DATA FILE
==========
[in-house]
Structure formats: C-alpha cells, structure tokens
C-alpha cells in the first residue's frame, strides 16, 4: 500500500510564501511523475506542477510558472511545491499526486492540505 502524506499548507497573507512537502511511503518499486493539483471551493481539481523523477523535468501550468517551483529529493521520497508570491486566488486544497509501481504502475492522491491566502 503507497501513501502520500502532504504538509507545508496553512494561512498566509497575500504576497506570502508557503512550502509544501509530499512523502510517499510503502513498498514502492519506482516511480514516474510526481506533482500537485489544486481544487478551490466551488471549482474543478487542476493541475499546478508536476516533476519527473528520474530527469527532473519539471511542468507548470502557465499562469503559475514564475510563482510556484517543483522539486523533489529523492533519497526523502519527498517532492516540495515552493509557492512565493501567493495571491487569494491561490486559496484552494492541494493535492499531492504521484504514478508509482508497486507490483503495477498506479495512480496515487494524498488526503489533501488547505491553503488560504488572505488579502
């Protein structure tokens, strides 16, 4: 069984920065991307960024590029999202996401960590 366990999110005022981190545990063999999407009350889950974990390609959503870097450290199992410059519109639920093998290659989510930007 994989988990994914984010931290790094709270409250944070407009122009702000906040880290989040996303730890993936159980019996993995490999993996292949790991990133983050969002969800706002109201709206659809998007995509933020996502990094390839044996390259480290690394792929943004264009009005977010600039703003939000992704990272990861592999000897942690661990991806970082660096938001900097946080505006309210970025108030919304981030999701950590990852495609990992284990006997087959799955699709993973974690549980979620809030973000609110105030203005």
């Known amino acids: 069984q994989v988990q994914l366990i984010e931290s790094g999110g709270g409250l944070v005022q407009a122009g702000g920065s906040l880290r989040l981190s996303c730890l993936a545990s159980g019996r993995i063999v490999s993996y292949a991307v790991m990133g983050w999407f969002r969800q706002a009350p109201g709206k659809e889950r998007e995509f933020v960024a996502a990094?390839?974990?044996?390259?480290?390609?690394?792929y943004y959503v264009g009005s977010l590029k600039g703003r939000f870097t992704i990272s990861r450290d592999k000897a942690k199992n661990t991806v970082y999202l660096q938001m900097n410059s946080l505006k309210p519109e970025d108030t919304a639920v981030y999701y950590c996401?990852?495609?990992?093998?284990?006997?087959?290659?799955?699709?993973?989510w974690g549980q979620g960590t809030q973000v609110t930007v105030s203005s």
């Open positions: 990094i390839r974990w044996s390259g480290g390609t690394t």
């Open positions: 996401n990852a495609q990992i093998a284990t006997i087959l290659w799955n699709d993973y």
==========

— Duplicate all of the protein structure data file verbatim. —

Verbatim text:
[in-house]
Structure formats: C-alpha cells, structure tokens
C-alpha cells in the first residue's frame, strides 16, 4: 500500500510564501511523475506542477510558472511545491499526486492540505 502524506499548507497573507512537502511511503518499486493539483471551493481539481523523477523535468501550468517551483529529493521520497508570491486566488486544497509501481504502475492522491491566502 503507497501513501502520500502532504504538509507545508496553512494561512498566509497575500504576497506570502508557503512550502509544501509530499512523502510517499510503502513498498514502492519506482516511480514516474510526481506533482500537485489544486481544487478551490466551488471549482474543478487542476493541475499546478508536476516533476519527473528520474530527469527532473519539471511542468507548470502557465499562469503559475514564475510563482510556484517543483522539486523533489529523492533519497526523502519527498517532492516540495515552493509557492512565493501567493495571491487569494491561490486559496484552494492541494493535492499531492504521484504514478508509482508497486507490483503495477498506479495512480496515487494524498488526503489533501488547505491553503488560504488572505488579502
């Protein structure tokens, strides 16, 4: 069984920065991307960024590029999202996401960590 366990999110005022981190545990063999999407009350889950974990390609959503870097450290199992410059519109639920093998290659989510930007 994989988990994914984010931290790094709270409250944070407009122009702000906040880290989040996303730890993936159980019996993995490999993996292949790991990133983050969002969800706002109201709206659809998007995509933020996502990094390839044996390259480290690394792929943004264009009005977010600039703003939000992704990272990861592999000897942690661990991806970082660096938001900097946080505006309210970025108030919304981030999701950590990852495609990992284990006997087959799955699709993973974690549980979620809030973000609110105030203005």
């Known amino acids: 069984q994989v988990q994914l366990i984010e931290s790094g999110g709270g409250l944070v005022q407009a122009g702000g920065s906040l880290r989040l981190s996303c730890l993936a545990s159980g019996r993995i063999v490999s993996y292949a991307v790991m990133g983050w999407f969002r969800q706002a009350p109201g709206k659809e889950r998007e995509f933020v960024a996502a990094?390839?974990?044996?390259?480290?390609?690394?792929y943004y959503v264009g009005s977010l590029k600039g703003r939000f870097t992704i990272s990861r450290d592999k000897a942690k199992n661990t991806v970082y999202l660096q938001m900097n410059s946080l505006k309210p519109e970025d108030t919304a639920v981030y999701y950590c996401?990852?495609?990992?093998?284990?006997?087959?290659?799955?699709?993973?989510w974690g549980q979620g960590t809030q973000v609110t930007v105030s203005s």
């Open positions: 990094i390839r974990w044996s390259g480290g390609t690394t």
């Open positions: 996401n990852a495609q990992i093998a284990t006997i087959l290659w799955n699709d993973y």